Like the proverbial carrot-on-a-stick, FPGA-based acceleration has been right in front of our noses, just out of reach, for the better part of three decades. We move closer, and the prize moves farther away. Every few years, we feel some tangible progress, and perhaps cut the distance in half, but asymptotes can be unfriendly bedfellows. The old “reconfigurable computing” vision of FPGAs as replacements for CPUs has teased, taunted, and ultimately disappointed us.
The fact that FPGAs are basically vast arrays of unconnected logic gives the notion that we can have optimal hardware custom designed for our algorithm, where the appropriate hardware resources can be applied to generate maximum parallelism and efficiency without all those pesky program counters and instructions. They conjure visions of data flowing smoothly into one side of our machine and results flowing out the other with absolute minimal friction.
All we have to do is get our software into one.
Ah, and there’s the rub. The overwhelming challenge of FPGA acceleration has always been the programming model. And, try as we may, every approach that has been tried (and there have been many) has failed to come anywhere near what can be achieved with a conventional von Neumann CPU.
At first, we simply thought we should re-train the world’s software engineers to use “different languages” and adopt hardware-description languages like Verilog to develop their code. After writing thousands of lines of almost-incomprehensible nonsense in VHDL or Verilog to do what would have required a few dozen lines of simple C, software engineers told us that plan was, uh, sub-optimal, and to please not ever call them back again.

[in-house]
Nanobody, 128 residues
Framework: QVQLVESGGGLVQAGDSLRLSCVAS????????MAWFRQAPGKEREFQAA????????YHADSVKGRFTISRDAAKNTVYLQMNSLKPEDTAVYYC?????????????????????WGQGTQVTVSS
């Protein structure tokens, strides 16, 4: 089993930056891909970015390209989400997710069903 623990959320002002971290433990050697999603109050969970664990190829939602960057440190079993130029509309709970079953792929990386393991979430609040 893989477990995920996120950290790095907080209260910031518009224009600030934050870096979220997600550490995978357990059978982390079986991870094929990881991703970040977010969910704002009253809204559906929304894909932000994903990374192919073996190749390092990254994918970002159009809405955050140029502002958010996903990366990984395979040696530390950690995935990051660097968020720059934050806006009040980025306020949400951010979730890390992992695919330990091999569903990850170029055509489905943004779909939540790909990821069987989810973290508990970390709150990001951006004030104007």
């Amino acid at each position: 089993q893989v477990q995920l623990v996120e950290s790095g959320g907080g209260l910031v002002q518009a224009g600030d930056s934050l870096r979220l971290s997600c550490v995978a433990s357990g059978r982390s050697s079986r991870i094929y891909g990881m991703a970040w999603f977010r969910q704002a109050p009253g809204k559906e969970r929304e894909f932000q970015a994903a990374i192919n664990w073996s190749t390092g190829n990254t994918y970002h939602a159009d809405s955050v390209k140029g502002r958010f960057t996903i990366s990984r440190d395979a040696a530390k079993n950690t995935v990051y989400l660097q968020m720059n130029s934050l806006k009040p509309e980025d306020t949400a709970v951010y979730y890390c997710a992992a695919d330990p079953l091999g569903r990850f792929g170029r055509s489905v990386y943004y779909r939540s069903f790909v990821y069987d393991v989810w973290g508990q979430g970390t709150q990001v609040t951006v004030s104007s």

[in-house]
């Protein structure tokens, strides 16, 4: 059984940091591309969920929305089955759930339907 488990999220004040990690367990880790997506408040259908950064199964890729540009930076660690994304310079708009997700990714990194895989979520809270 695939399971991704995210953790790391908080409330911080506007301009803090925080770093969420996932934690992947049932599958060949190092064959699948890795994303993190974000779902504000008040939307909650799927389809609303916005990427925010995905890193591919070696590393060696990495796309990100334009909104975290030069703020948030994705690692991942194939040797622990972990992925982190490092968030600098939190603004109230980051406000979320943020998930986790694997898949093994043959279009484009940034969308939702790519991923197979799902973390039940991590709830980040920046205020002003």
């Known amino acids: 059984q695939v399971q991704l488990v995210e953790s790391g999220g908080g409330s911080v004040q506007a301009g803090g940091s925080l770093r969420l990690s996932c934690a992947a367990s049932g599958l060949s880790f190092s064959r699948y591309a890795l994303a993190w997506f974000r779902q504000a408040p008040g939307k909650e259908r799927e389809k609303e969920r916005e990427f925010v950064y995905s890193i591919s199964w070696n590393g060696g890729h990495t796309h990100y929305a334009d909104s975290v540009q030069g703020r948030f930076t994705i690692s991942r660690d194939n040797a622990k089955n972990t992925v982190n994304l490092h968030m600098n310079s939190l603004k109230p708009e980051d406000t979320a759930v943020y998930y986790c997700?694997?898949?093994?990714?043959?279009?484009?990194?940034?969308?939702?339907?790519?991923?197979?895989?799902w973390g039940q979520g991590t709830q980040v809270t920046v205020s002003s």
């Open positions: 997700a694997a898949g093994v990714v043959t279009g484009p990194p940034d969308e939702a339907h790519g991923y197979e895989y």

With some success, we created high-level synthesis tools that can convert sequential software-like descriptions written in software-like languages such as C and C++ into parallel datapath machines that can then be synthesized and placed-and-routed, but that is not a software development flow. That is a “hardware design flow” and the amount of time and effort required for each iteration of that process still puts it far behind modern software development and debug environments. While HLS can give us FPGA-accelerated designs with a fraction of the effort required by conventional HDL design, it still falls well short of what we can do to put the same algorithm on a regular processor.
But we are at the dawn of a new era. Who needs a programming model if the thing we are accelerating is not even software? (Well, not exactly, anyway). For a range of applications, the AI revolution has done away with the task of programming. Instead, we just feed our machines massive amounts of data, and they program themselves. And, the value proposition for AI is so incredibly strong that we are determined to do whatever is required – even if it is somewhat less convenient than writing conventional software. We don’t need 5-second iterations from code changes to results, no fancy debuggers to see all the inner workings of our CNN… Heck, we don’t even KNOW the inner workings of our CNN.